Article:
President Barack Obama will propose a new grand bargain to Republicans on Tuesday, which he hopes will break up the gridlock on Capitol Hill and get his domestic economic agenda moving again. His plan: overhaul the corporate tax code in exchange for new revenue to fund job creation projects.

Obama is expected to lay out this plan in a speech Tuesday at an Amazon Inc., facility in Chattanooga, Tenn. He has embarked on a new campaign to refocus attention on the economy and job creation.

“The bottom line is that the President will work with Republicans on a package to simplify our business tax code so long as it includes real investments to help restore middle class security, create jobs and grow the economy,” the White House stated in a fact sheet.

Under this new proposal, some businesses will pay less while other corporations pay more. “But everyone would pay their fair share,” the White House said.

The two sides have been trying to reach a grand fiscal bargain now for quite some time. And it’s looking like this new plan is already a no-go for Republicans, whose idea of a grand bargain includes a more all-encompassing plan for individuals and small business.

“The President has always supported corporate tax reform,” said Michael Steel, a spokesman for House Speaker John Boehner, R-Ohio, in a statement. “Republicans want to help families and small businesses, too. This proposal allows President Obama to support President Obama’s position on taxes and President Obama’s position on spending, while leaving small businesses and American families behind.”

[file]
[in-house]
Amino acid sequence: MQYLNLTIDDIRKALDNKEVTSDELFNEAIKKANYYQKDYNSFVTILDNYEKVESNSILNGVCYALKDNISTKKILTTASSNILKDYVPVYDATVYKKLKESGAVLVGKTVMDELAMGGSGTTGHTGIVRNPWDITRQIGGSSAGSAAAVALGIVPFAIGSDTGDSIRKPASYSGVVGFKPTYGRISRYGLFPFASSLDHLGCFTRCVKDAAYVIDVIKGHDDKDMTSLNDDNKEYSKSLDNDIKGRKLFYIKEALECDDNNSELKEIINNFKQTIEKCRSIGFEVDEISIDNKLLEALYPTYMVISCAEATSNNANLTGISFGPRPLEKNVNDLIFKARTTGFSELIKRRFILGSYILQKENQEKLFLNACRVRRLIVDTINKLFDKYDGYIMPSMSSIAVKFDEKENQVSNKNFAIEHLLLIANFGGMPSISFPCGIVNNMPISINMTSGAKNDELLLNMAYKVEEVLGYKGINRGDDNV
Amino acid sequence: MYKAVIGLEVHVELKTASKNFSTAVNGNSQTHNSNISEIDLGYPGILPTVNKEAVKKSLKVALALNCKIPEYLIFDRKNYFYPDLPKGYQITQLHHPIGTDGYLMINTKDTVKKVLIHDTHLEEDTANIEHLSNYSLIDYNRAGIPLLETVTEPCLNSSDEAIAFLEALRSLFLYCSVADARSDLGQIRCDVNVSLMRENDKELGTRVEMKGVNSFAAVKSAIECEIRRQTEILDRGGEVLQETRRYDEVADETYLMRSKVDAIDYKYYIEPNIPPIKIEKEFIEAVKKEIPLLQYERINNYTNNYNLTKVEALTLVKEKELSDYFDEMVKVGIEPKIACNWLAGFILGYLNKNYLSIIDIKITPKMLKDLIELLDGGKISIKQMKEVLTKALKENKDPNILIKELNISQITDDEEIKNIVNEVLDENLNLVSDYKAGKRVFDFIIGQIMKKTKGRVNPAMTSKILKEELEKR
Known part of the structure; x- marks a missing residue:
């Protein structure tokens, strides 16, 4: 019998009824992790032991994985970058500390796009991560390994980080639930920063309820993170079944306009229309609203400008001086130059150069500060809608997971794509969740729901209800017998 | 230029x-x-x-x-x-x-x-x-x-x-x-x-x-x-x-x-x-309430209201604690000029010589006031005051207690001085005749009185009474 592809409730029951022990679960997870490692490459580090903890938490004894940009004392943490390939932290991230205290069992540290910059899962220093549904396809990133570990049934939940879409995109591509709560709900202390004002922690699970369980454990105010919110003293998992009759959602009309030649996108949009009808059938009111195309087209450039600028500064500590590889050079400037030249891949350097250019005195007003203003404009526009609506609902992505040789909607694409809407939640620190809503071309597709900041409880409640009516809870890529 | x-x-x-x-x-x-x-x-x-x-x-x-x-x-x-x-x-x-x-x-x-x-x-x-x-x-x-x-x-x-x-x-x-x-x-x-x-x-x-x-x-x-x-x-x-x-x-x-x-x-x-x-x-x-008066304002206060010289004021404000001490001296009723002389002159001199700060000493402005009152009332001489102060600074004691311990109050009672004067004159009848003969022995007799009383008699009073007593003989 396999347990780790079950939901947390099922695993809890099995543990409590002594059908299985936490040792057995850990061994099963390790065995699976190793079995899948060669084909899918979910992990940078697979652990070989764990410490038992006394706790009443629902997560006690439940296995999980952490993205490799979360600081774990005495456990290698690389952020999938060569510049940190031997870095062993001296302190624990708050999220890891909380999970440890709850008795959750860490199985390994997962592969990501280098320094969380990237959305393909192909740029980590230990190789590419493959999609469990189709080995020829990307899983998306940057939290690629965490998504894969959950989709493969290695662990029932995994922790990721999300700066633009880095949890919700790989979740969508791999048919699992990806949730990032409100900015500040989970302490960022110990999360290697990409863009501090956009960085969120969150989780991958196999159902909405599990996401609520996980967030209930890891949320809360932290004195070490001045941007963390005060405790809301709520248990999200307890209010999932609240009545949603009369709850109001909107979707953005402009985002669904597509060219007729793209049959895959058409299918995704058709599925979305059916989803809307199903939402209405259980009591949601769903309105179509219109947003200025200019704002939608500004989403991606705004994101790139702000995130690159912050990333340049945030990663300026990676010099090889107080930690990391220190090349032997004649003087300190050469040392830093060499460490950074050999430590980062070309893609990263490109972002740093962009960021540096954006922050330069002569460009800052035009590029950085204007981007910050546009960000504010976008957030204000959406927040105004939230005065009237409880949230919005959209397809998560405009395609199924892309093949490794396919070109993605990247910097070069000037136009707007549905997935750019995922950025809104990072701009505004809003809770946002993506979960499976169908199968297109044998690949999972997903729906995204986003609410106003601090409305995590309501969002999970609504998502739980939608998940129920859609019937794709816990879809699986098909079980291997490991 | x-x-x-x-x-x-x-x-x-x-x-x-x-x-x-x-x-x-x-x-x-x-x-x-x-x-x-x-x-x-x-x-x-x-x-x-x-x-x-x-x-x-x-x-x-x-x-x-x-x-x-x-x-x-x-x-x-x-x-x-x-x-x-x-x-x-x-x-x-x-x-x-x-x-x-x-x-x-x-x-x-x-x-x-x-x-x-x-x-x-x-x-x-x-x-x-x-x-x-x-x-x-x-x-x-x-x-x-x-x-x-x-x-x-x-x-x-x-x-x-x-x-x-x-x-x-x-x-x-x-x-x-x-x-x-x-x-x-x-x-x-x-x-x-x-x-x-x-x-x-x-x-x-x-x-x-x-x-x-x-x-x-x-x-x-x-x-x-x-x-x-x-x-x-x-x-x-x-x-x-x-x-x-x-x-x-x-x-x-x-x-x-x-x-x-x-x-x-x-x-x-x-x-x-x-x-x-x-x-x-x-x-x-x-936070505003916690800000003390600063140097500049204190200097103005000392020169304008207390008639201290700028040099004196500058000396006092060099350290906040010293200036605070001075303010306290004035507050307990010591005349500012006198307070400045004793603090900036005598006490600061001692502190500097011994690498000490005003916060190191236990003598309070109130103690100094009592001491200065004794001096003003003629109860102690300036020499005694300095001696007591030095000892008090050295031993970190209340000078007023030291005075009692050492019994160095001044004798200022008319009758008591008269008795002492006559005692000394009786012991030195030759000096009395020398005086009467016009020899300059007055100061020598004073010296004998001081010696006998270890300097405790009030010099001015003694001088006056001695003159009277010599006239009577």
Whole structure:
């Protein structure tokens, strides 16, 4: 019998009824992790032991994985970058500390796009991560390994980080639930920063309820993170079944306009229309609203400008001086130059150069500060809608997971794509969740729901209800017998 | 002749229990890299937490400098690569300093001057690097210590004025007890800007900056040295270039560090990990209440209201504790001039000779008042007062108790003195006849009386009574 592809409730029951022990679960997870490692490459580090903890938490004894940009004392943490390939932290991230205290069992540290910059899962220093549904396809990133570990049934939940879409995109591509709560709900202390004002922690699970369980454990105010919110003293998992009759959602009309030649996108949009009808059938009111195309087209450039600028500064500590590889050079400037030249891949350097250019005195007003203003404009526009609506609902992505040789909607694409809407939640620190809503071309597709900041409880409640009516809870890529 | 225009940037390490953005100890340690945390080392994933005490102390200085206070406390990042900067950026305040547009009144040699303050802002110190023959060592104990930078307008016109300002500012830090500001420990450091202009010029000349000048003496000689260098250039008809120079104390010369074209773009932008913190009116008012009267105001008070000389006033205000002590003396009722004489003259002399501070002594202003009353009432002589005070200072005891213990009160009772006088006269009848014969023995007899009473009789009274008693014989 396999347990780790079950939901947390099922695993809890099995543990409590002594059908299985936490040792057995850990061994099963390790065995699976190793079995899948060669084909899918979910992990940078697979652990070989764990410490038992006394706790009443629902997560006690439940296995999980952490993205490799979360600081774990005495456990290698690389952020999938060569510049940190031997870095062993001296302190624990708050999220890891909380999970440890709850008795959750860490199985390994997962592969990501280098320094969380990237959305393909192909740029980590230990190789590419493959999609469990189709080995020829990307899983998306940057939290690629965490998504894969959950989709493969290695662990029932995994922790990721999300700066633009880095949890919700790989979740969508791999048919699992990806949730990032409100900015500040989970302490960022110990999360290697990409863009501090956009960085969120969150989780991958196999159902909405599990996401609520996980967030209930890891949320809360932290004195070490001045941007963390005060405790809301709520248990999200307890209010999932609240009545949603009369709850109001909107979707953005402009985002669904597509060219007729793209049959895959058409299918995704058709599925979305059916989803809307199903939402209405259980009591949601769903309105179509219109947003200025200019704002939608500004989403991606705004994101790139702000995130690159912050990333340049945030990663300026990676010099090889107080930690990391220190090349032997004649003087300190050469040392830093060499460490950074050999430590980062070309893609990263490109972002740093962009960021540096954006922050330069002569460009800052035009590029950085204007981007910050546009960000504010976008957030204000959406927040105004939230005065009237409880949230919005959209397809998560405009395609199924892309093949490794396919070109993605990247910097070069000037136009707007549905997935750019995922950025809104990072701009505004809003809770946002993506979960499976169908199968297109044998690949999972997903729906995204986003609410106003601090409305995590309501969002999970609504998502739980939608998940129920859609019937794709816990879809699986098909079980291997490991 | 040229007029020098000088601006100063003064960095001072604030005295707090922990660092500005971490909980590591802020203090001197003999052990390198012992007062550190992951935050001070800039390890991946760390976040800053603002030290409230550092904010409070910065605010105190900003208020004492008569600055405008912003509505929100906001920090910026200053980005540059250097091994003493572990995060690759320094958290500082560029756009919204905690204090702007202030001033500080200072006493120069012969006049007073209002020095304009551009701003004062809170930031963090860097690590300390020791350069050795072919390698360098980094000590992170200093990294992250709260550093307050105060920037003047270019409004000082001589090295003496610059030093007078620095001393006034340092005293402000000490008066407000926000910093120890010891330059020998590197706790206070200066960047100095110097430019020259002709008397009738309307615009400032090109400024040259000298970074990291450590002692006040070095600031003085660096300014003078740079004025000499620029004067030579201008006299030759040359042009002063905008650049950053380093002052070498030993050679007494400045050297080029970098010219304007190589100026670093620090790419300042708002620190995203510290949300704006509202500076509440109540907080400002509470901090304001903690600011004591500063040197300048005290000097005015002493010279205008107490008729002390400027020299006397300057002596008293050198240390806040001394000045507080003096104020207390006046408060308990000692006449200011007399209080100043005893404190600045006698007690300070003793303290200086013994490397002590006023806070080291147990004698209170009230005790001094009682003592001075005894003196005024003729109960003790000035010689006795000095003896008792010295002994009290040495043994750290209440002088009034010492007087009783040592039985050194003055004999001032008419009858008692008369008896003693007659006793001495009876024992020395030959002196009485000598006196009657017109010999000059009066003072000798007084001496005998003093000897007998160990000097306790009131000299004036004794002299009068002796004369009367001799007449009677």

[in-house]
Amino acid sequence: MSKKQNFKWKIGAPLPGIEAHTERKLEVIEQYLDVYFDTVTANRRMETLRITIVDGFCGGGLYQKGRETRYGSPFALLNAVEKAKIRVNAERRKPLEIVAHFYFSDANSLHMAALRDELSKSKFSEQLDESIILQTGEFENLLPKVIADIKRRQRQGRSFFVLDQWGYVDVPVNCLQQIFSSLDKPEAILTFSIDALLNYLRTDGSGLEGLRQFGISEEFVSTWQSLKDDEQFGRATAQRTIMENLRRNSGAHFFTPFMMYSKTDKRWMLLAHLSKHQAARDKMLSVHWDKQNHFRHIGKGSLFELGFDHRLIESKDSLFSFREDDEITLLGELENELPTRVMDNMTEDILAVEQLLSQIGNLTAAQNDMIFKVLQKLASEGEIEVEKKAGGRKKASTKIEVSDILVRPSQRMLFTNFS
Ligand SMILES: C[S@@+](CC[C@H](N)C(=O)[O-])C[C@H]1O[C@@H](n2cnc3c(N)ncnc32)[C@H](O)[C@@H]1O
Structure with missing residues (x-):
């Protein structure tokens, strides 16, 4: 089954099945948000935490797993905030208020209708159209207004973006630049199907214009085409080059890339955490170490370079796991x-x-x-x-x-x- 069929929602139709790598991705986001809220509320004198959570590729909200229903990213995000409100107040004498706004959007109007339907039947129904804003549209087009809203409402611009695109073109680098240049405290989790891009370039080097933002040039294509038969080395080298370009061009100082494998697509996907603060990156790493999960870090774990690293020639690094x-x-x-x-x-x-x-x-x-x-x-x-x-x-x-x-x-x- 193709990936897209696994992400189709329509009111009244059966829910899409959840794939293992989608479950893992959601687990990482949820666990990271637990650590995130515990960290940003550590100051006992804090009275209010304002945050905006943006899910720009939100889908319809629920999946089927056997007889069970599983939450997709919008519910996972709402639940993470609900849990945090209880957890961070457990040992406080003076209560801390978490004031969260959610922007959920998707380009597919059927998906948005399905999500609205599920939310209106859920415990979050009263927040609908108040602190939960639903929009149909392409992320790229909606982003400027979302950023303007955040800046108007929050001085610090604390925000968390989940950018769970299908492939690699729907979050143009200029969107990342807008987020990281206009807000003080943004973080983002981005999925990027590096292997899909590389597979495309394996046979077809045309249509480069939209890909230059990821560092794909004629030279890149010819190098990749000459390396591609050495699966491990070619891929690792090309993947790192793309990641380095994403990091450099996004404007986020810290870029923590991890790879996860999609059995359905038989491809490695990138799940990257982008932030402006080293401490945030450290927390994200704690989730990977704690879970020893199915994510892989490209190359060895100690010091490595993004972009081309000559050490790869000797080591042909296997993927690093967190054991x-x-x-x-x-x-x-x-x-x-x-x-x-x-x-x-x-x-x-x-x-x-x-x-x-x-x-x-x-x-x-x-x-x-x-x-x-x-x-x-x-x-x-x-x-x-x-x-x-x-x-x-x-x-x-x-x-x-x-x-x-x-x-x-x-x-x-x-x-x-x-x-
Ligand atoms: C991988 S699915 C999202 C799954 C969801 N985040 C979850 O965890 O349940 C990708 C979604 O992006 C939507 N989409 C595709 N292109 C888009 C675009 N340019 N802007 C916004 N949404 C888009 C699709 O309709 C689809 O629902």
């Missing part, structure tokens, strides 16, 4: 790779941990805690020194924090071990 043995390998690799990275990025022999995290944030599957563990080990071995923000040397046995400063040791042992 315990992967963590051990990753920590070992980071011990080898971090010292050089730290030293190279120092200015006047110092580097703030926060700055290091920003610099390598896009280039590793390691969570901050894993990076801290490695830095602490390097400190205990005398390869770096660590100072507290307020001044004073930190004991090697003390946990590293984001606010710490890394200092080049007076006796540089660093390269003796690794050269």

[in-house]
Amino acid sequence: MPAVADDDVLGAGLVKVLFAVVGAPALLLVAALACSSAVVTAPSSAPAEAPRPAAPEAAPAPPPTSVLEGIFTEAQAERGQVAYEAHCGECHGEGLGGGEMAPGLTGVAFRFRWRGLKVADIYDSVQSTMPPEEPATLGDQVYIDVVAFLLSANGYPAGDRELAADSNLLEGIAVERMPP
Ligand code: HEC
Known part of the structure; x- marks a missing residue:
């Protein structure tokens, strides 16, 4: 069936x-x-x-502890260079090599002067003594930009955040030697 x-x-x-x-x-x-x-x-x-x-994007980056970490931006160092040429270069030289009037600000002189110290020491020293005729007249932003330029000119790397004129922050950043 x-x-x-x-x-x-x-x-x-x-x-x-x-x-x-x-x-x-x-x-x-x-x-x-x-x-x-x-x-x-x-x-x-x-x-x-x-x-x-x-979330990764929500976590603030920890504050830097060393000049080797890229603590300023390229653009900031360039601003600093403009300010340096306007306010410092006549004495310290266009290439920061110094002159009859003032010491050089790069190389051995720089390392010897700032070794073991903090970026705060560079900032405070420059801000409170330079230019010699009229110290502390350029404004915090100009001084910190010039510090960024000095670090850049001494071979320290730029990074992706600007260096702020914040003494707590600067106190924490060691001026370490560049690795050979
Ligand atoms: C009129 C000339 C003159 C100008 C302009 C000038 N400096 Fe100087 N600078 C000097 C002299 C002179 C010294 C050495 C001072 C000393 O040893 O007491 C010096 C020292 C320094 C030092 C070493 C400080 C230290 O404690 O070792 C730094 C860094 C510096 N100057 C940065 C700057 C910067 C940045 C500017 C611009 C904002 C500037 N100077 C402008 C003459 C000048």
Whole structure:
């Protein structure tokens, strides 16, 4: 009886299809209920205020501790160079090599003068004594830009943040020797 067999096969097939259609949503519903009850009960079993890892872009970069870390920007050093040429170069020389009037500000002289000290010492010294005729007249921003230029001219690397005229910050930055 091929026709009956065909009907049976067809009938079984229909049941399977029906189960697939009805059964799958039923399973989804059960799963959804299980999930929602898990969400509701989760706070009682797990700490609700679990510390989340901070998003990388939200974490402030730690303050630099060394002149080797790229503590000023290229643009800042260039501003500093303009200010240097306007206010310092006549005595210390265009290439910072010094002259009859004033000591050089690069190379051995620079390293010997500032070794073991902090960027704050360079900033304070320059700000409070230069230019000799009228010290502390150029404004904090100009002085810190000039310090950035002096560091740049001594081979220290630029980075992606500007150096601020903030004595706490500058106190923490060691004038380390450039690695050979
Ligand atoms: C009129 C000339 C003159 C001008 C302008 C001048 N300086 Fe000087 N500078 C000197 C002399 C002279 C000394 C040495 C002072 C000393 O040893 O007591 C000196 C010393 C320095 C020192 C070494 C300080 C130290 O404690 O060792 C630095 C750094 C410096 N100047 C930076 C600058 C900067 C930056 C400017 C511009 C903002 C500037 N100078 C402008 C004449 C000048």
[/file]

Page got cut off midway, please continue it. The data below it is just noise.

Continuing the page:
Obama wants to reduce the corporate tax rate of 35 percent to 28 percent. Manufacturers would also enjoy a rate of no more than 25 percent -- all this in exchange for a windfall that would fund infrastructure and job training.

But a senior House GOP leadership aide said cutting the corporate rate to 28 percent or 25 percent and leaving the top individual rate at 39.6 percent would affect small businesses.

“We have always been opposed to corporate-only tax reform,” the aide said. “The White House knows that is our position. Dealing with corporate taxes separately is the opposite of a concession to us. … After offering us two things he knows we oppose, the president is asking for additional stimulus spending which, as you know, we also oppose.”

The aide also said the president doesn’t appear serious about breaking the impasse since Republicans have found out about the offer via the press.

A newspaper in Tennessee, where the president is making his new proposal, is also skeptical. 

“Forgive us if you are not greeted with the same level of Southern hospitality that our area usually bestows on its distinguished guests,” the Chattanooga Times Free Press wrote in an editorial, telling him to “shove” his jobs plan. “We’d prefer you keep it to yourself. That’s because your jobs creation plans so far have included a ridiculous government spending spree and punitive tax increase on job creators that were passed, as well as a minimum wage increase that, thankfully, was not.”